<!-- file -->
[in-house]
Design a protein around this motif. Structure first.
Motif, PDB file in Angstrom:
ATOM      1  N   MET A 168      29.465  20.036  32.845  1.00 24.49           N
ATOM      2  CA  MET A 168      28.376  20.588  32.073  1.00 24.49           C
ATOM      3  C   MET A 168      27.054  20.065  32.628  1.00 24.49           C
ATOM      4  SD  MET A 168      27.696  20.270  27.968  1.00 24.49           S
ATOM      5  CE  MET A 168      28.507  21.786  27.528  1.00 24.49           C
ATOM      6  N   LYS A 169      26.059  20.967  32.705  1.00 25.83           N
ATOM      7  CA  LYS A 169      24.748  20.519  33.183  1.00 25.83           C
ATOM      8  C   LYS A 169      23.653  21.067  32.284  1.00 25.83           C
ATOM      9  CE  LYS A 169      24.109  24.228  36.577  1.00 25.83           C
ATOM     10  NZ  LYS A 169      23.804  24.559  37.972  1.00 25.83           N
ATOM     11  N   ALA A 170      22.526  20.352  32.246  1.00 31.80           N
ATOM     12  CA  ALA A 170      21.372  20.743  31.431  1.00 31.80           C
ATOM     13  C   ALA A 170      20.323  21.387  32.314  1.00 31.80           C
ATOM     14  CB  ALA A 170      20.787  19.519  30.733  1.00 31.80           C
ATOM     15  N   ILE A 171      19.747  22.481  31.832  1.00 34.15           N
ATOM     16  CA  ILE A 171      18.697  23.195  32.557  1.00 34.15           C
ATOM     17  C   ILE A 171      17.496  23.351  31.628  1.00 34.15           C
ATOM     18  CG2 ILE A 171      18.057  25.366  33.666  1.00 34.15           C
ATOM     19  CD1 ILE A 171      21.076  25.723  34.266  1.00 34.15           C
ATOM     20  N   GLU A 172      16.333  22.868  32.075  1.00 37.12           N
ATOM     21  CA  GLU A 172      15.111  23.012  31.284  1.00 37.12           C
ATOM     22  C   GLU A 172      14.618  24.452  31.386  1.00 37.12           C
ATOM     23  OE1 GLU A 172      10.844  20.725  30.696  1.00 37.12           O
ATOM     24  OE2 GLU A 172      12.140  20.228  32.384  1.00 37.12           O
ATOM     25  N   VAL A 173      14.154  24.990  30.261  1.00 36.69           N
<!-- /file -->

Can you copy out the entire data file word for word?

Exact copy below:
[in-house]
Design a protein around this motif. Structure first.
Motif, PDB file in Angstrom:
ATOM      1  N   MET A 168      29.465  20.036  32.845  1.00 24.49           N
ATOM      2  CA  MET A 168      28.376  20.588  32.073  1.00 24.49           C
ATOM      3  C   MET A 168      27.054  20.065  32.628  1.00 24.49           C
ATOM      4  SD  MET A 168      27.696  20.270  27.968  1.00 24.49           S
ATOM      5  CE  MET A 168      28.507  21.786  27.528  1.00 24.49           C
ATOM      6  N   LYS A 169      26.059  20.967  32.705  1.00 25.83           N
ATOM      7  CA  LYS A 169      24.748  20.519  33.183  1.00 25.83           C
ATOM      8  C   LYS A 169      23.653  21.067  32.284  1.00 25.83           C
ATOM      9  CE  LYS A 169      24.109  24.228  36.577  1.00 25.83           C
ATOM     10  NZ  LYS A 169      23.804  24.559  37.972  1.00 25.83           N
ATOM     11  N   ALA A 170      22.526  20.352  32.246  1.00 31.80           N
ATOM     12  CA  ALA A 170      21.372  20.743  31.431  1.00 31.80           C
ATOM     13  C   ALA A 170      20.323  21.387  32.314  1.00 31.80           C
ATOM     14  CB  ALA A 170      20.787  19.519  30.733  1.00 31.80           C
ATOM     15  N   ILE A 171      19.747  22.481  31.832  1.00 34.15           N
ATOM     16  CA  ILE A 171      18.697  23.195  32.557  1.00 34.15           C
ATOM     17  C   ILE A 171      17.496  23.351  31.628  1.00 34.15           C
ATOM     18  CG2 ILE A 171      18.057  25.366  33.666  1.00 34.15           C
ATOM     19  CD1 ILE A 171      21.076  25.723  34.266  1.00 34.15           C
ATOM     20  N   GLU A 172      16.333  22.868  32.075  1.00 37.12           N
ATOM     21  CA  GLU A 172      15.111  23.012  31.284  1.00 37.12           C
ATOM     22  C   GLU A 172      14.618  24.452  31.386  1.00 37.12           C
ATOM     23  OE1 GLU A 172      10.844  20.725  30.696  1.00 37.12           O
ATOM     24  OE2 GLU A 172      12.140  20.228  32.384  1.00 37.12           O
ATOM     25  N   VAL A 173      14.154  24.990  30.261  1.00 36.69           N